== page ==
• Poor information can lead to poor decision making overall for your business. You may not really know which areas of the business perform the best or have the most opportunity for improvement.

3. Improving Your Margin - Reducing the Cost of Sales

The two principal elements in your Cost of Sales are usually Labour and Materials, depending on the business, or Purchases.

  • Better purchasing - do you regularly check that your suppliers are giving you the best prices? How long is it since you have tested by seeking quotations from a range of sources? Are there alternative materials or supplies out there?
  • Better processes - reducing the time it takes to do the job by simplifying the process or reducing the number of steps. The longer you have been doing the job the same way the more likely there are to be opportunities to improve the process. You might want to share the gains with your customer! Wouldn't that impress them?
  • Make fewer mistakes - saves time and materials! There are two costs from getting things wrong: the additional time and materials to get it right for the customer; and the opportunity cost of the additional sales you could have made while you were fixing the mistake!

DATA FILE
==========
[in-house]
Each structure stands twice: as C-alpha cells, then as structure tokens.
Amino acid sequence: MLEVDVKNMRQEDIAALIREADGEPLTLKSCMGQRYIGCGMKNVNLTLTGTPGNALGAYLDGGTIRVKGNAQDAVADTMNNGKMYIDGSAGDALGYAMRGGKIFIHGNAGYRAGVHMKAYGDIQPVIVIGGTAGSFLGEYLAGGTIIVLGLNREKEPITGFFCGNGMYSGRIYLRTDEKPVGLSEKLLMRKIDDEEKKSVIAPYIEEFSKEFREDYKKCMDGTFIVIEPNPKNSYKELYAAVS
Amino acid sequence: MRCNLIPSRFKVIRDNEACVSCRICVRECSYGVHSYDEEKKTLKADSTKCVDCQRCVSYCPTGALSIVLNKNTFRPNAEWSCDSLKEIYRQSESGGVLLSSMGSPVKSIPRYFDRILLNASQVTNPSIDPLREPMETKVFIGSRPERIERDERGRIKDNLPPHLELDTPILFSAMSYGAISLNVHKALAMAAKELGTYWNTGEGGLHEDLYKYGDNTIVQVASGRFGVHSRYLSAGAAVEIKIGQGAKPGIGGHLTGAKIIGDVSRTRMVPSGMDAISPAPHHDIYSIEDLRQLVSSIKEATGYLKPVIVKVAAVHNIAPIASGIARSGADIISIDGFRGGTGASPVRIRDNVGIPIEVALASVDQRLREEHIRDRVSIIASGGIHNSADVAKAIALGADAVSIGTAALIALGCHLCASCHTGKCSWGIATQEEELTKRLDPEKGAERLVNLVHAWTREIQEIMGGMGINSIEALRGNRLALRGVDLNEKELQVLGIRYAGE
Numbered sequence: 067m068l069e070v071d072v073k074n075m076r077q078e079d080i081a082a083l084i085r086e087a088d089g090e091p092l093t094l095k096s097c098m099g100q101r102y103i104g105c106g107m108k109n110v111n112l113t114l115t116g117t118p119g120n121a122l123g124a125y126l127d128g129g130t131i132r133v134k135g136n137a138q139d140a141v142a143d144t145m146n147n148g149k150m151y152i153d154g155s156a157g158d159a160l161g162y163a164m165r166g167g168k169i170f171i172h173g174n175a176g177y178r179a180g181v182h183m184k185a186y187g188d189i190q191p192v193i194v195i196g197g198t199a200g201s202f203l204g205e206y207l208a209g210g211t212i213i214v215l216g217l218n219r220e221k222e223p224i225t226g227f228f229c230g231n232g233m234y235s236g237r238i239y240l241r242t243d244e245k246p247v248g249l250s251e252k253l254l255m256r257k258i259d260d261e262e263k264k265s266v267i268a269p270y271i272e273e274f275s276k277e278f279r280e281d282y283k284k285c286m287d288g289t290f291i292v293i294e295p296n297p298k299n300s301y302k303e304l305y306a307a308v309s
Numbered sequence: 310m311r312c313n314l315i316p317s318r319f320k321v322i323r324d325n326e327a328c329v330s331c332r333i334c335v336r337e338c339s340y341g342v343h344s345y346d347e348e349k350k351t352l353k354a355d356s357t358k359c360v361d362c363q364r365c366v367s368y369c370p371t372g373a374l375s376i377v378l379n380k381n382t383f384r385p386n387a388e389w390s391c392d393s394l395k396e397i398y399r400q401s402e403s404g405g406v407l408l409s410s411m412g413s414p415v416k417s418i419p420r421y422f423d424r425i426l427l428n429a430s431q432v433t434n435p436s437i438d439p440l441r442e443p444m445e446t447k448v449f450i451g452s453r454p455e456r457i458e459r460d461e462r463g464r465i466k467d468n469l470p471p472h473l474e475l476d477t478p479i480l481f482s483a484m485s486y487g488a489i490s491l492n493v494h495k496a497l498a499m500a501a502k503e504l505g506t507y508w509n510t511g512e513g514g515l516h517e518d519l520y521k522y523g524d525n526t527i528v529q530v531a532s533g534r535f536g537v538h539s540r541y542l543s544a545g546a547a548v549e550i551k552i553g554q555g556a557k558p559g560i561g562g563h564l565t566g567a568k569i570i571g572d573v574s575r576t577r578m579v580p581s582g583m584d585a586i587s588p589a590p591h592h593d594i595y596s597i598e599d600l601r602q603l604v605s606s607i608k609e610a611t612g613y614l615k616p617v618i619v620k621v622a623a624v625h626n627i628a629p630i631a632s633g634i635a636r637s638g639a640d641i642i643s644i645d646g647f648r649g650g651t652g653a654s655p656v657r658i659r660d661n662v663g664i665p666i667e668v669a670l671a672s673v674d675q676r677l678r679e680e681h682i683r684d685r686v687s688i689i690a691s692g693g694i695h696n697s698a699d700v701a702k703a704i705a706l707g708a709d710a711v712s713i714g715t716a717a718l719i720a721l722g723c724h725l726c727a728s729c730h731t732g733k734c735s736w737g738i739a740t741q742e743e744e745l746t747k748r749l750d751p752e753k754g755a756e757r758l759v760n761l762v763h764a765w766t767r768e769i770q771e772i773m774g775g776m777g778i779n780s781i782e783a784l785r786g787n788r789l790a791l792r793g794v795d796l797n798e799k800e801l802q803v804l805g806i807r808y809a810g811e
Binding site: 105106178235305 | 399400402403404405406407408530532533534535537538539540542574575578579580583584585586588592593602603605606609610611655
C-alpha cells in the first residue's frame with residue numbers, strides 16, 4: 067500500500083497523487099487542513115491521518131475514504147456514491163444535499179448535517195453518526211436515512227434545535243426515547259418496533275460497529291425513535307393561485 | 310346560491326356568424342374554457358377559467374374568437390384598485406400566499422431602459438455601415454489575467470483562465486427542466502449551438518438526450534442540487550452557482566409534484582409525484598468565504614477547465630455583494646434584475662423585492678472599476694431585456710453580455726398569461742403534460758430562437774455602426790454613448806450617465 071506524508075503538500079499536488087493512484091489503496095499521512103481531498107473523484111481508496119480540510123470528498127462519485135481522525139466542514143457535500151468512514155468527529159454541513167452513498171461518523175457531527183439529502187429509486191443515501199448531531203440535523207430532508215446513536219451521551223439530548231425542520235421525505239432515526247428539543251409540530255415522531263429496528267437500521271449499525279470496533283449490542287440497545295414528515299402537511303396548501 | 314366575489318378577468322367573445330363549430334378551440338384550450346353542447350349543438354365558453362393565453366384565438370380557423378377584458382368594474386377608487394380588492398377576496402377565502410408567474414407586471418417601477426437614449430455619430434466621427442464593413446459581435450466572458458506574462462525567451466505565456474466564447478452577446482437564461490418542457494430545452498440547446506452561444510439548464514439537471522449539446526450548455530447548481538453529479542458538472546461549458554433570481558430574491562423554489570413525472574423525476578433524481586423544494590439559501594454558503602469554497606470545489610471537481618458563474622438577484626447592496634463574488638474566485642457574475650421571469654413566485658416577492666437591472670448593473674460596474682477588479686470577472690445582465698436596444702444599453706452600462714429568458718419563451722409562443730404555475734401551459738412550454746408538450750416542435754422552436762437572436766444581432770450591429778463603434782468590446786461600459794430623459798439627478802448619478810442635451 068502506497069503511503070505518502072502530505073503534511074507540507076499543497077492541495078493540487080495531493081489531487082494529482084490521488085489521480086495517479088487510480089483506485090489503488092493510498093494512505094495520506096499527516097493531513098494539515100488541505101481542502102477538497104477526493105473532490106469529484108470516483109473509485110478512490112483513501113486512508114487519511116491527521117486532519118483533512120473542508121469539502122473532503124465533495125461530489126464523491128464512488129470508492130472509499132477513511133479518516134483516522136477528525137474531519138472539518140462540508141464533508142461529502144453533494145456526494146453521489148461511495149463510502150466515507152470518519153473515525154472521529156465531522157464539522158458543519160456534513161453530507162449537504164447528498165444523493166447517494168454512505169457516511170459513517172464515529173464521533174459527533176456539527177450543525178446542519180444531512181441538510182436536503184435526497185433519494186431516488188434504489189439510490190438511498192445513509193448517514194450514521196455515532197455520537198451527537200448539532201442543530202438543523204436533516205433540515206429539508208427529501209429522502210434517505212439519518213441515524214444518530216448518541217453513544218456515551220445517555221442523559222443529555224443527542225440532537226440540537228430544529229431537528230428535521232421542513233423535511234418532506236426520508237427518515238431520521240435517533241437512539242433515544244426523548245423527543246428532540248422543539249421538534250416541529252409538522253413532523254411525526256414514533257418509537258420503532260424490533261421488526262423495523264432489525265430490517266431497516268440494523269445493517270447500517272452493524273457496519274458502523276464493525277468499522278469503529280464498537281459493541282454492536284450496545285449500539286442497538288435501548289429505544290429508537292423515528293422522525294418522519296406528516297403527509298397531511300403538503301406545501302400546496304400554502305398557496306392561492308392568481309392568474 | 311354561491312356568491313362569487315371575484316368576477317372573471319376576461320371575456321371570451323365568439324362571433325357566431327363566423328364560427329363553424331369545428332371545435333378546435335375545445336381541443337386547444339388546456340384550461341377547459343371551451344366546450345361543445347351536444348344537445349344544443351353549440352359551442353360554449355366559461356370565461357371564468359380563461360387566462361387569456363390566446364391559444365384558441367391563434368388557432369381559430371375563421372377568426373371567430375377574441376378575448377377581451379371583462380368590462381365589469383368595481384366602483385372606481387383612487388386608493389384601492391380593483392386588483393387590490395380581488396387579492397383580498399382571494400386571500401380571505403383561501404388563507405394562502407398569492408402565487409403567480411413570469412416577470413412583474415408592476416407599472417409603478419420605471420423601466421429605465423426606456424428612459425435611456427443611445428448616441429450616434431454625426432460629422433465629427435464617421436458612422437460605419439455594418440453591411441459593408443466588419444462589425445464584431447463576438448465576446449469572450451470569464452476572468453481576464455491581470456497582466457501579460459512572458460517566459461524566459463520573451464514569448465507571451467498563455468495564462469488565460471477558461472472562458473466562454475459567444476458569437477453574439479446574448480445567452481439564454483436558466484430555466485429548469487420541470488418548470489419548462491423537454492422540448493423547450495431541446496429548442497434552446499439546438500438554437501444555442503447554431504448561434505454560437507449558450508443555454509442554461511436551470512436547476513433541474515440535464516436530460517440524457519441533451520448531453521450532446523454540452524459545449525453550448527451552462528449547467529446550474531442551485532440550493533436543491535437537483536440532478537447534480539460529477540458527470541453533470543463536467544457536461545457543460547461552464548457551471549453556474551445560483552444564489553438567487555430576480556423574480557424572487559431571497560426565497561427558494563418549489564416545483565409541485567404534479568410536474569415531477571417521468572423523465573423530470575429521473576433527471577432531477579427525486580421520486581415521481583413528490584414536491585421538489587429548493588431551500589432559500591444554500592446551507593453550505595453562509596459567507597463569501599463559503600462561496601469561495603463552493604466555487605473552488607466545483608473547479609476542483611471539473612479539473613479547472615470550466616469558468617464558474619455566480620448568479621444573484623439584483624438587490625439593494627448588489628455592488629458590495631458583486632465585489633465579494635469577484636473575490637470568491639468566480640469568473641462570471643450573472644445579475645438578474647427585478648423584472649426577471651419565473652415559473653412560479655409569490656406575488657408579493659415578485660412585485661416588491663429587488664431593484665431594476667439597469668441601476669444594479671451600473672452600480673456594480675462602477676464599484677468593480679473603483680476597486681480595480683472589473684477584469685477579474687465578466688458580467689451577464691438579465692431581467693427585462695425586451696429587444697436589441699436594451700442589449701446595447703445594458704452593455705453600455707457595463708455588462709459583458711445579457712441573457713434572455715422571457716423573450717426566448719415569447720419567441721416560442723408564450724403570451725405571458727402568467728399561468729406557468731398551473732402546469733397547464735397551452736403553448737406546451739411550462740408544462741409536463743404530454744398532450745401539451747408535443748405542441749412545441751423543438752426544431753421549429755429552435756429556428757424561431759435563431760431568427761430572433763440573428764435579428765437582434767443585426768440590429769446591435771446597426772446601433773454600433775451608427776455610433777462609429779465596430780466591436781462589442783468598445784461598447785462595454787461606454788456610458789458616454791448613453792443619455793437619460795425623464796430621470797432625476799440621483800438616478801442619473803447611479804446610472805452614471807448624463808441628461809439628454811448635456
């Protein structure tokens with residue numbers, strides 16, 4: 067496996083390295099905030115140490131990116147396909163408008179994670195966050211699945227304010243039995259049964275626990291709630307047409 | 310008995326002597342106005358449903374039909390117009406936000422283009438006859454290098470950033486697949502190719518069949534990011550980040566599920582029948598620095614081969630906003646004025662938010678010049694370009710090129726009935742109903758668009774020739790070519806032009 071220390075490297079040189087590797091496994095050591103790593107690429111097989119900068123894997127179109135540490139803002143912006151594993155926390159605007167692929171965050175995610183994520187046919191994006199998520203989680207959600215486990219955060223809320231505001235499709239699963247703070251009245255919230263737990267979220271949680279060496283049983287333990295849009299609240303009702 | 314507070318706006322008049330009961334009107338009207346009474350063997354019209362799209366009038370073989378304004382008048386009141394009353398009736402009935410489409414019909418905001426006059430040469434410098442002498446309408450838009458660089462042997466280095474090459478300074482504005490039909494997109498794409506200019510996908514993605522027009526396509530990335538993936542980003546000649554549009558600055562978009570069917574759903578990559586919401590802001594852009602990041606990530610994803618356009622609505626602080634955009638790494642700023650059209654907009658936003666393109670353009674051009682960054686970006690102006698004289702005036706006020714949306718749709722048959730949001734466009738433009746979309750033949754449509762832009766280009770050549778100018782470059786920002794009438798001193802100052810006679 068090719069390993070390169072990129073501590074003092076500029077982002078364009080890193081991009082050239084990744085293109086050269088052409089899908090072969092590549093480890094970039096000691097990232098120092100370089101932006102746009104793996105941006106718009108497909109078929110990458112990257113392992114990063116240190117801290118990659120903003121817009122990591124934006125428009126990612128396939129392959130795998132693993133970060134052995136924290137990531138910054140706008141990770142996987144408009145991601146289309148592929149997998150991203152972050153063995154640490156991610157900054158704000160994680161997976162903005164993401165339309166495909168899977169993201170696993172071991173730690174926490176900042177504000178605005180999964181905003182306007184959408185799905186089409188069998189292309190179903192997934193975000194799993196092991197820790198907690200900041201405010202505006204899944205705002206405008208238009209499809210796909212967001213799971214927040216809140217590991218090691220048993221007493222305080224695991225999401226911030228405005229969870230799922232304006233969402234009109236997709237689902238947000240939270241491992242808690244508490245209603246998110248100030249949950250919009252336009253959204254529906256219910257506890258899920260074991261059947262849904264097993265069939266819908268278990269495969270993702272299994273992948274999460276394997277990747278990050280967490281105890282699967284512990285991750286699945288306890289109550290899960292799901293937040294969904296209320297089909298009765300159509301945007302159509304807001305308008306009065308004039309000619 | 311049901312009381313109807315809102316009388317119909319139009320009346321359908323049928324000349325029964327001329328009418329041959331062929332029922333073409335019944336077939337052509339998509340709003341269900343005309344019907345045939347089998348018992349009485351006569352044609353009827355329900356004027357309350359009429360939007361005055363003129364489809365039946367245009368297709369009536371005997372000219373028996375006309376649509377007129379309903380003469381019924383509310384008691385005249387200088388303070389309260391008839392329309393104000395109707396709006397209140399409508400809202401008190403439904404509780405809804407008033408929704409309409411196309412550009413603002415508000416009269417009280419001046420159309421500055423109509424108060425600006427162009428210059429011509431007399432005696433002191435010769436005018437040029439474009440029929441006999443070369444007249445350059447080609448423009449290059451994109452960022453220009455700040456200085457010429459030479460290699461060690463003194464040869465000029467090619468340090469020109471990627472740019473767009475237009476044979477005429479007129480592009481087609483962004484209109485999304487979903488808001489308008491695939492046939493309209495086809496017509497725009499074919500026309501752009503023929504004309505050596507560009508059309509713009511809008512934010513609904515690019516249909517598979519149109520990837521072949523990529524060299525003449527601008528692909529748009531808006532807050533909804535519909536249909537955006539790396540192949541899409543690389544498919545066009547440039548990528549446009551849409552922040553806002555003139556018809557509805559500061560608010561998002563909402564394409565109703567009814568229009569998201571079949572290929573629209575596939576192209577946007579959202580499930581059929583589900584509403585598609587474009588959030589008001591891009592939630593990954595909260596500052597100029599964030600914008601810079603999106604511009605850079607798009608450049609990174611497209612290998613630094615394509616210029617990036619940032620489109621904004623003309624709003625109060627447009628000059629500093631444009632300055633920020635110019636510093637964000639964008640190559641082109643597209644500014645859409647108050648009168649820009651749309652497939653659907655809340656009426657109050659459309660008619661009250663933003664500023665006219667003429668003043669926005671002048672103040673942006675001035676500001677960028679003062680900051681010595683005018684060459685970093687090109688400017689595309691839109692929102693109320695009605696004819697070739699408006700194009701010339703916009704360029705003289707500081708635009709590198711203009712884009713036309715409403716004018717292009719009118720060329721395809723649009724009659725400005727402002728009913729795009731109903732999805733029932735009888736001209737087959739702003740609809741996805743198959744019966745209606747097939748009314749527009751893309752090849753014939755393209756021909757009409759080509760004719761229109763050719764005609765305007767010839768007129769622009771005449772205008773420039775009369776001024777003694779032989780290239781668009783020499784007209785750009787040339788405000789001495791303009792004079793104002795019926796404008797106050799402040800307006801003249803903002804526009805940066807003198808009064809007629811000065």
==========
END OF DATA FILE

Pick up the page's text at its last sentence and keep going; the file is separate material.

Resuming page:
Let us take this a little further.  An analysis of the jobs you undertake may well show that some may make more money than others, and some may be downright losers. 

So what if you learnt to say NO to the less profitable jobs (or increased your price accordingly)?   Is your reaction "I can't refuse jobs.  I don't know where the next one is coming from."  How often have I heard a variation on this.

But if you learnt to say NO I guarantee your profits will rise.

So, in summary, working on your Gross Profit Margin may offer greater returns for less effort than chasing increased sales.

Like to learn more?

Contact me !

Adam Gordon